Posted By : The Animal Facts Editorial Team
Date: February 13, 2022 4:45 pm
The first ever aardvark infant to be born at Chester Zoo is seen cuddling with his mother
Photo Credit: Chester Zoo
Chester Zoo have introduced the first ever aardvark calf to be born at the zoo in their 90 year history. Born overnight on January 4th 2022 the calf was discovered snuggled up with mum Oni (8) and dad Koos (6).
Dave White, Team Manager at the zoo, said: “This is the very first aardvark to be born at the zoo and so it’s a momentous landmark for us and a real cause for celebration. We’re overjoyed.
To help ensure the calf is able to survive it is being cared for by keepers. They care for it during the night providing food. This will continue for up to 5 weeks while it is gaining strength.
At birth the calf had large droopy ears, hairless wrinkled skin and giant claws. Keepers noted a resemblance to the much-loved Harry Potter character, Dobby and thus he had a nickname.
“As soon as we spotted the new baby next to mum we noticed its uncanny resemblance to the Harry Potter character, Dobby, and so that’s the calf’s nickname for the time being! We won’t though know for certain whether it’s male or female for several more weeks until the calf is a little older," added Dave.
“Aardvark parents are notorious for being a little clumsy around their newborns. With the baby being so tiny and fragile, we’re therefore protecting it from any accidental knocks and bumps by helping mum out with supplementary feeding sessions throughout the night, just until the calf is a little stronger. So, in the evening, when the parents are out exploring and feeding, we carefully place the calf into a special incubator and take it home to feed with warm milk every few hours. The calf then spends the daytime bonding and snuggled up with mum Oni inside her burrow – and they’re both doing great together.”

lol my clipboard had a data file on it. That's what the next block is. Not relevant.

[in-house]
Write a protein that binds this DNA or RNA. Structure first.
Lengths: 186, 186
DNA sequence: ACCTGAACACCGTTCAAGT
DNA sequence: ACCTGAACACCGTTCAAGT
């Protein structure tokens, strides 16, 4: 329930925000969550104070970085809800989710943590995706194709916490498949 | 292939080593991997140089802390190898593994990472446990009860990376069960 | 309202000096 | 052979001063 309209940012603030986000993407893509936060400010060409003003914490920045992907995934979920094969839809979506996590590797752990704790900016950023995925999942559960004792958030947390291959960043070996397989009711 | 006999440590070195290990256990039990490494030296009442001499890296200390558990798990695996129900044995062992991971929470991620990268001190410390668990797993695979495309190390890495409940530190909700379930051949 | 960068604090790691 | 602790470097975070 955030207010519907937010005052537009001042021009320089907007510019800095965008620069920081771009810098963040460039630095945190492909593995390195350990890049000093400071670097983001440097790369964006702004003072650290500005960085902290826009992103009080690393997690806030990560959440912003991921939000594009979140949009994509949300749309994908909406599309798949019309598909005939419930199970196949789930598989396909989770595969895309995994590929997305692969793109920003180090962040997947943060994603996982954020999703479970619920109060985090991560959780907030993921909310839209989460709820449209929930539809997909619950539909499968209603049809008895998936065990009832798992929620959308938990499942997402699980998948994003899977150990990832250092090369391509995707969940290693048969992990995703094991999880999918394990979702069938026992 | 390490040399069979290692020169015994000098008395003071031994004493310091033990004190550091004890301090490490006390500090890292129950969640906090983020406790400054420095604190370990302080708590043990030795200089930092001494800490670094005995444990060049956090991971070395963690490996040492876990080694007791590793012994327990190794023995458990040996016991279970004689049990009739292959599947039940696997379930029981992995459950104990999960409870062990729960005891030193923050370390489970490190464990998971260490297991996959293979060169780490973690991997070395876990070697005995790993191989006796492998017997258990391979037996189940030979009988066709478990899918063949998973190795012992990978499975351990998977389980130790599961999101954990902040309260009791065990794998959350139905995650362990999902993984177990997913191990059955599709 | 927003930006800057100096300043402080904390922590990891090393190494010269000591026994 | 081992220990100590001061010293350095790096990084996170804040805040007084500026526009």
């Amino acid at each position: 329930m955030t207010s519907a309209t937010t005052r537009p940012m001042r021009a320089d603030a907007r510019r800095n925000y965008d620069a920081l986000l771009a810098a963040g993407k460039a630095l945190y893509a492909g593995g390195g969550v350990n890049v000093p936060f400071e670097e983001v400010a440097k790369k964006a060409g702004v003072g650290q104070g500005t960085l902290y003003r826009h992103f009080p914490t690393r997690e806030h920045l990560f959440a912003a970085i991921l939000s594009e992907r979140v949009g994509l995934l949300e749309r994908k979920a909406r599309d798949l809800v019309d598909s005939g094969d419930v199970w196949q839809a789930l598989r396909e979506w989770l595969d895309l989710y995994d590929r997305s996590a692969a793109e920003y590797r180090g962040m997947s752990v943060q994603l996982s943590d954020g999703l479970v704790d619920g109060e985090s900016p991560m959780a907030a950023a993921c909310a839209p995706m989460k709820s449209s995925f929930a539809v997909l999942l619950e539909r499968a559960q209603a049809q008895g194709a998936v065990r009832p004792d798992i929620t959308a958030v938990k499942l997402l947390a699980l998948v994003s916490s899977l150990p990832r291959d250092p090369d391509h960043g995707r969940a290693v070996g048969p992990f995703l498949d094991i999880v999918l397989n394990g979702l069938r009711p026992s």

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Aardvarks are rare in zoos with just 66 across Europe and 109 globally.
Mark Brayshaw, Curator of Mammals at the zoo, added:
“Aardvarks are quite secretive creatures, which are mostly only ever active in darkness, and so some aspects of how they go about their lives remain relatively unknown. Caring for species like aardvarks in zoos enables us to learn more about them - how they live, their behaviours and their biology. All of this information is then shared with other leading conservation zoos and helps to better inform our efforts to preserve their numbers."
“This new calf joins a conservation breeding programme that only a handful of zoos are part of globally.”
Aardvark is a word which translates to "earth pig" in Afrikaans. They are active by night when they will use their powerful claws to access termite mounds.
Dobby the aardvark is being cared by animal care staff at Chester Zoo
Photo Credit: Chester Zoo
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